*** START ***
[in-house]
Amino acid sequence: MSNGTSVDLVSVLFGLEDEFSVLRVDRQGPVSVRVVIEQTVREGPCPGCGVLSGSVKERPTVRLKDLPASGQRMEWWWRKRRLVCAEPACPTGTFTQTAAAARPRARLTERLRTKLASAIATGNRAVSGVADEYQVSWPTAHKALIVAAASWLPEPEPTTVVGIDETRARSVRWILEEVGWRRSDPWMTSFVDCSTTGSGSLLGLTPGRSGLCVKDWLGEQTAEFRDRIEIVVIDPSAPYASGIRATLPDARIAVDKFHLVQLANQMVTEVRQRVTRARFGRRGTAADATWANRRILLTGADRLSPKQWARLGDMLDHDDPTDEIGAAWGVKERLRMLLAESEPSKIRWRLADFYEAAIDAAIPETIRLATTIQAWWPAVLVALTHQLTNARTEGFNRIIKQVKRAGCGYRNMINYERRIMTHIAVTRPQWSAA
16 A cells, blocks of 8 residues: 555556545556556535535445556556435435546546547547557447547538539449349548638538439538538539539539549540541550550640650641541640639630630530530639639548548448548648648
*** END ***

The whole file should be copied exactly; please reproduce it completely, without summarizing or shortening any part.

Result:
[in-house]
Amino acid sequence: MSNGTSVDLVSVLFGLEDEFSVLRVDRQGPVSVRVVIEQTVREGPCPGCGVLSGSVKERPTVRLKDLPASGQRMEWWWRKRRLVCAEPACPTGTFTQTAAAARPRARLTERLRTKLASAIATGNRAVSGVADEYQVSWPTAHKALIVAAASWLPEPEPTTVVGIDETRARSVRWILEEVGWRRSDPWMTSFVDCSTTGSGSLLGLTPGRSGLCVKDWLGEQTAEFRDRIEIVVIDPSAPYASGIRATLPDARIAVDKFHLVQLANQMVTEVRQRVTRARFGRRGTAADATWANRRILLTGADRLSPKQWARLGDMLDHDDPTDEIGAAWGVKERLRMLLAESEPSKIRWRLADFYEAAIDAAIPETIRLATTIQAWWPAVLVALTHQLTNARTEGFNRIIKQVKRAGCGYRNMINYERRIMTHIAVTRPQWSAA
16 A cells, blocks of 8 residues: 555556545556556535535445556556435435546546547547557447547538539449349548638538439538538539539539549540541550550640650641541640639630630530530639639548548448548648648